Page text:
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Sound Rating: 6 / 10 # Owners: 1
Relaibility Rating: 6 / 10 Views: 235

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Technical Details

Brand: Ampex

Model:1100 series

Category:Mid High Fidelity


Electronics:Solid State


Country of Manufacture:USA

Release dates:1966 - 1969

Tracks:1/4 Rec/PB

Speeds: 1 7/8, 3 3/4, 7 1/2

Max Reel Size("): 7"

Number of heads: 2

Head Composition: Permalloy

Head Configuration: Stereo

# Motors: 1

Auto Reverse?:Yes

Voltage(s): 110-120v

Outputs: RCA

Frequency Response:(all 3 dB): 7½ ips: 50 to 15kHz

Wow and Flutter:0.2% at 1, 0.12% at 3¾ and 0.08% at 7½ ips

Signal-to-Noise Ratio:43dB at 1, 48dB at 3¾ and 53dB at 7½ ips

Sound quality rating:6 / 10

Long-term reliability rating: 6/ 10

Additional Details


A single motor, three speed all-solid-state recorder built to professional standards with automatic
threading and auto-reverse facility.
The tape was led round the curved face of the head block and dropped into a straight slot which ran from the top to the bottom of the box-like casing that replaced the take-up reel on the right hand side of the recorder. Inside this box was a single flanged spool with a castellated hub which grabbed the tape and began winding it without any further assistance. The right hand reel could be replaced with a conventional type (top left) or using the enclosed auto-takeup arrangement.

Additional Info

Rewind speed: 1 minute 55 seconds for 1200ft / Audio output power: 6 watts per channel (model 1163) / Weight: model 1152 – 27lb, model 1163 – 39lb / quarter-track stereo

Ampex 1150 – Amateur Tape Recording, January 1967

In all my experience of handling and using tape recorders and tape record/replay units, I have never come across any quite like the Ampex 1100 Series. There are actually three versions, more or less identical, and like the Model 1150 (the subject of this review) are tape record/replay units only. The other two are the 1160 and 1165, both of which are built into cabinets – the 1165 having a case with a walnut finish. (Note: the 1160 and 1165 units each have power output stages; the 1150 model therefore requires external amplifiers and loudspeakers. The other two require external speakers only.)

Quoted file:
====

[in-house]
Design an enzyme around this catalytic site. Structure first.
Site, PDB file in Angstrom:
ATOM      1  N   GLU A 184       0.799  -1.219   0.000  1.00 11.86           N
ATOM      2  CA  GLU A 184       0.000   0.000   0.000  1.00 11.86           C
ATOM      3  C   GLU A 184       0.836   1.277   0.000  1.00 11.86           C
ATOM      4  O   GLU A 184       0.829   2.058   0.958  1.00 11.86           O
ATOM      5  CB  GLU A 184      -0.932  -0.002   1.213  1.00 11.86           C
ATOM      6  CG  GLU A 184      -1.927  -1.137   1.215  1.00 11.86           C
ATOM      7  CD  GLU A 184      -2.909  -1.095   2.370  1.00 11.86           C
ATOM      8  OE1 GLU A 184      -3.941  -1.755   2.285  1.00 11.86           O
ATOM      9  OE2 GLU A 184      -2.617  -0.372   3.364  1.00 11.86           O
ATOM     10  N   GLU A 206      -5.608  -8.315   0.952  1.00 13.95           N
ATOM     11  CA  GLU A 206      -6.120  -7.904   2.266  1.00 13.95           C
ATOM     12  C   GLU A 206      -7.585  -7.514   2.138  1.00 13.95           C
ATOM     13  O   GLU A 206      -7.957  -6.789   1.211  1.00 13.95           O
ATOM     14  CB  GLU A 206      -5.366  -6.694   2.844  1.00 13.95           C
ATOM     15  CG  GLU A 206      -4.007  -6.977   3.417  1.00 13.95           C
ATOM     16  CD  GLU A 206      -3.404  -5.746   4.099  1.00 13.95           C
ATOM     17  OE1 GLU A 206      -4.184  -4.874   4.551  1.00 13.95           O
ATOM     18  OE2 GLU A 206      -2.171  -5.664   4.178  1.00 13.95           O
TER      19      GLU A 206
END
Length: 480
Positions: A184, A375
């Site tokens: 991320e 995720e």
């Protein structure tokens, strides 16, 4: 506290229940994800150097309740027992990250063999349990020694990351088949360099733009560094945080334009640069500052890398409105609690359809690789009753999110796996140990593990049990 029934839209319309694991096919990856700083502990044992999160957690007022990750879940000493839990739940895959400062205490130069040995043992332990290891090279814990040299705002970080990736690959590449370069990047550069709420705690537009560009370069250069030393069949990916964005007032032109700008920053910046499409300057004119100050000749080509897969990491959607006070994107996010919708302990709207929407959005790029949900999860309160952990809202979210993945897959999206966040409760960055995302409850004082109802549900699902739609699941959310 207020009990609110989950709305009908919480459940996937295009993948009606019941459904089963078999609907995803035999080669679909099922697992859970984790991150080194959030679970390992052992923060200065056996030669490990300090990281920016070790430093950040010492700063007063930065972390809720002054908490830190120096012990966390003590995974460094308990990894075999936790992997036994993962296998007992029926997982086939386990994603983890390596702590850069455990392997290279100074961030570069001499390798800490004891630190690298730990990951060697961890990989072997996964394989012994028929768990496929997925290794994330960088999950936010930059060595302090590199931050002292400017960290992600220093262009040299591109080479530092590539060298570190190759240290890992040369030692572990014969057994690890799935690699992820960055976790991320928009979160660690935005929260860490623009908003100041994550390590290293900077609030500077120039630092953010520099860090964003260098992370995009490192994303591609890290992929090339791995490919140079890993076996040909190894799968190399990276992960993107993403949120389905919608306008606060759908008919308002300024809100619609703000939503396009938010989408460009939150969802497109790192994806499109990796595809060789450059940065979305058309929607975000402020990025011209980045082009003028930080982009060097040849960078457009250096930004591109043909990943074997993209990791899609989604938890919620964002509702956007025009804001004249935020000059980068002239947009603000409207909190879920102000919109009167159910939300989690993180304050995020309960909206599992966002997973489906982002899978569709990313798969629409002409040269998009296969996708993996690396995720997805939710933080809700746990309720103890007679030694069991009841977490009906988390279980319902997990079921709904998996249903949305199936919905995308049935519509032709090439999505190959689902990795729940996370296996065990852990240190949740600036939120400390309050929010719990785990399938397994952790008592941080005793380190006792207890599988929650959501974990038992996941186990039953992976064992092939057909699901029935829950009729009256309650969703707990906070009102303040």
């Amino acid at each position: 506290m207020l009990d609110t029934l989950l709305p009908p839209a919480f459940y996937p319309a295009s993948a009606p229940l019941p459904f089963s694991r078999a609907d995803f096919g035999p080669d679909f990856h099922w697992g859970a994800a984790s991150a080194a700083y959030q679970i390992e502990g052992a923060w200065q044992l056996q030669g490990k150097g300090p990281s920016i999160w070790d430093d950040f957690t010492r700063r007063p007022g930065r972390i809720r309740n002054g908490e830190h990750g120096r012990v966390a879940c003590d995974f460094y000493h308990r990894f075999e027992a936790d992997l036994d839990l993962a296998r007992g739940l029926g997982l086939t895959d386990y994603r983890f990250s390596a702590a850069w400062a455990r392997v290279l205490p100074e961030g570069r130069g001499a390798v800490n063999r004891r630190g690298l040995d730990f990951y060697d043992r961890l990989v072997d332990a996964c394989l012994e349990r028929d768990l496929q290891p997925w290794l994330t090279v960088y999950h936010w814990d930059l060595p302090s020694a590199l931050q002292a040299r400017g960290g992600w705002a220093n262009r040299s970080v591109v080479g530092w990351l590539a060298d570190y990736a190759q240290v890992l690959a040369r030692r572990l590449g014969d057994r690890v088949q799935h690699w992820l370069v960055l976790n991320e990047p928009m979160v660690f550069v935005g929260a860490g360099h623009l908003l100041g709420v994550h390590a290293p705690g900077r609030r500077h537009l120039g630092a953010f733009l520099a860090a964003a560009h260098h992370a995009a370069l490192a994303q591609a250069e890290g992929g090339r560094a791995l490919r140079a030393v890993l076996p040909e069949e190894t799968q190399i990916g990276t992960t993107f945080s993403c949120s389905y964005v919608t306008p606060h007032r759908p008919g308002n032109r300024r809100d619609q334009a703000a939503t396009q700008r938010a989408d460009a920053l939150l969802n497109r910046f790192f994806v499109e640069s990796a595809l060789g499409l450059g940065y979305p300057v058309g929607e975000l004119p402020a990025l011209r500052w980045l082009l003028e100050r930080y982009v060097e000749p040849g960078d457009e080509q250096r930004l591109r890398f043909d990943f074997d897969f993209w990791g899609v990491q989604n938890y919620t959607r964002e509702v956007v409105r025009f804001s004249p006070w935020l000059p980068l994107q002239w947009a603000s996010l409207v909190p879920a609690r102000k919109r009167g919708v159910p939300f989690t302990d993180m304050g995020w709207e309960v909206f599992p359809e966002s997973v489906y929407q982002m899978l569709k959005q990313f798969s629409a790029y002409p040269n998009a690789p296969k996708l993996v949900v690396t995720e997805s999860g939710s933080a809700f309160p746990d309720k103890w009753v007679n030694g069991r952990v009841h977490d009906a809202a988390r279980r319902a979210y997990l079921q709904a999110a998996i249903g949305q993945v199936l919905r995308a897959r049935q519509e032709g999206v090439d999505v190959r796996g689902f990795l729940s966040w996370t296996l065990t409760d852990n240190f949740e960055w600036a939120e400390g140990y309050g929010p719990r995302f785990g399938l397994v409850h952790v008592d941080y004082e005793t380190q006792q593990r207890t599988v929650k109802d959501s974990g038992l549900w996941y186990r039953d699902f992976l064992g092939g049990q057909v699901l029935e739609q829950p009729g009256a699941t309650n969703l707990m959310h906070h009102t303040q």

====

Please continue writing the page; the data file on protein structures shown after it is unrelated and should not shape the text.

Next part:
These units are, to say the least, unique and almost entirely automatic, but first you must read the very detailed instruction book very thoroughly. Then, having mastered the controls you can sit back and let this highly automated box of electronics do the work for you. For instance, to load up a four-track pre-recorded stereo tape, insert the leader in the slot on the right, press the appropriate button and the tape will play through to the end whereupon it will reverse itself (on direction) and play through the other two tracks. When the tape comes to the end, the drive mechanism will be switched off and the direction changeover system automatically re-set for the next tape. All that is required to do this is the recording of special low frequency signals at the end of side 1 of the tape – this facility is built into the recorder. By this means all your tapes can, in fact, be signal coded to automatically reverse. But the automation does not end there; the reverse direction signals can be recorded anywhere along a length of tape so one can replay a short piece backwards and forwards ad lib. I set up the system to play in both directions over about 12 inches of tape and left it running for quite a few hours. The electronics and the mechanism worked quite happily and without fault.
Another novel aspect of the automation is that for normal recording and playback usage (when the special right-hand spool is replaced with an ordinary one) the machine always resets itself for the correct direction of wind, rewind or record/replay. For example, if you play part of a tape (left to right) rewind and to play again, the replay direction will automatically be re-set. Because of this, only one button has to be used for what would otherwise involve three separate functions.
Technical Details
So much for the automation. The 1100 Series are, however, more than just electronic ‘robots’ capable of playing pre-recorded tapes backwards and forwards. These units do function as ‘normal’ tape recorders (except for the output stages and loudspeaker). The special spool, which is normally hidden by the slotted cover, can be removed (together with the cover) and an ordinary seven inch spool put on. The machine is then ready to function for recording, playing, rewinding and editing in the more conventional manner, except that the automatic direction re-set system still functions.
For general recording there are two microphone inputs, one for each channel (yes, I did forget to mention that this is a quarter-track stereo recorder), and similarly two high-level (radio) signal inputs. The microphone sockets are on the front panel. There are two high-level signal output sockets (one for each channel) each of which are preceded by ganged volume controls. The same controls come into operation for adjusting level when recording, but can be adjusted individually on playback or record. On playback both channels are ‘tone controlled’ or more correctly, have a variable control for playback treble boost or cut relative to the playback speed. Any small loss in upper frequency response can be compensated on replay.